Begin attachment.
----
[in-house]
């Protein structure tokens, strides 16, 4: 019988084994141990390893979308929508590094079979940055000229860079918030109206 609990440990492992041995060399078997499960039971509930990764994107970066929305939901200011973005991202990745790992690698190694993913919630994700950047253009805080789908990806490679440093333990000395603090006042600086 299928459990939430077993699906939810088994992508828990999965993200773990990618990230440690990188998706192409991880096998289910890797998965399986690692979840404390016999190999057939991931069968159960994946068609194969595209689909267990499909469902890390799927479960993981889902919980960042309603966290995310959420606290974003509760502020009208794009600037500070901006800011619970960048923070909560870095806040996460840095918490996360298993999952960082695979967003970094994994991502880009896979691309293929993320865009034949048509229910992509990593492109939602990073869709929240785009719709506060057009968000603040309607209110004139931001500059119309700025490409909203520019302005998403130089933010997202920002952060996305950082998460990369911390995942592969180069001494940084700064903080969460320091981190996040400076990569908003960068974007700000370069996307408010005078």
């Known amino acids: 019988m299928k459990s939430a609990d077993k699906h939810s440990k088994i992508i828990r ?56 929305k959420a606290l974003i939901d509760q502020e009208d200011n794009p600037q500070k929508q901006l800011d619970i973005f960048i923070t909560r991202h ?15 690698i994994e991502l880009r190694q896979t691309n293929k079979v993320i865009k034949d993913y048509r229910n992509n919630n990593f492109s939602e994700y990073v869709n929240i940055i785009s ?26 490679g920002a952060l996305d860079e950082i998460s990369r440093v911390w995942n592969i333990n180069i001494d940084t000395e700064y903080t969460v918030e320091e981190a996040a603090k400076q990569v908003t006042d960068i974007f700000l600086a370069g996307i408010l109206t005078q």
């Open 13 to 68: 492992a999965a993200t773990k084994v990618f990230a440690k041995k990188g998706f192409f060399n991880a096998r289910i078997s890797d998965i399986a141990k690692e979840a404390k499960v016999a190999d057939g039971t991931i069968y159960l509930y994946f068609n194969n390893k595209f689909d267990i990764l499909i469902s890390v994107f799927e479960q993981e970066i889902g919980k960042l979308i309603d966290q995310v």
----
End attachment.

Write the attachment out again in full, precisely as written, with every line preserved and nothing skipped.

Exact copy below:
[in-house]
């Protein structure tokens, strides 16, 4: 019988084994141990390893979308929508590094079979940055000229860079918030109206 609990440990492992041995060399078997499960039971509930990764994107970066929305939901200011973005991202990745790992690698190694993913919630994700950047253009805080789908990806490679440093333990000395603090006042600086 299928459990939430077993699906939810088994992508828990999965993200773990990618990230440690990188998706192409991880096998289910890797998965399986690692979840404390016999190999057939991931069968159960994946068609194969595209689909267990499909469902890390799927479960993981889902919980960042309603966290995310959420606290974003509760502020009208794009600037500070901006800011619970960048923070909560870095806040996460840095918490996360298993999952960082695979967003970094994994991502880009896979691309293929993320865009034949048509229910992509990593492109939602990073869709929240785009719709506060057009968000603040309607209110004139931001500059119309700025490409909203520019302005998403130089933010997202920002952060996305950082998460990369911390995942592969180069001494940084700064903080969460320091981190996040400076990569908003960068974007700000370069996307408010005078």
């Known amino acids: 019988m299928k459990s939430a609990d077993k699906h939810s440990k088994i992508i828990r ?56 929305k959420a606290l974003i939901d509760q502020e009208d200011n794009p600037q500070k929508q901006l800011d619970i973005f960048i923070t909560r991202h ?15 690698i994994e991502l880009r190694q896979t691309n293929k079979v993320i865009k034949d993913y048509r229910n992509n919630n990593f492109s939602e994700y990073v869709n929240i940055i785009s ?26 490679g920002a952060l996305d860079e950082i998460s990369r440093v911390w995942n592969i333990n180069i001494d940084t000395e700064y903080t969460v918030e320091e981190a996040a603090k400076q990569v908003t006042d960068i974007f700000l600086a370069g996307i408010l109206t005078q």
């Open 13 to 68: 492992a999965a993200t773990k084994v990618f990230a440690k041995k990188g998706f192409f060399n991880a096998r289910i078997s890797d998965i399986a141990k690692e979840a404390k499960v016999a190999d057939g039971t991931i069968y159960l509930y994946f068609n194969n390893k595209f689909d267990i990764l499909i469902s890390v994107f799927e479960q993981e970066i889902g919980k960042l979308i309603d966290q995310v």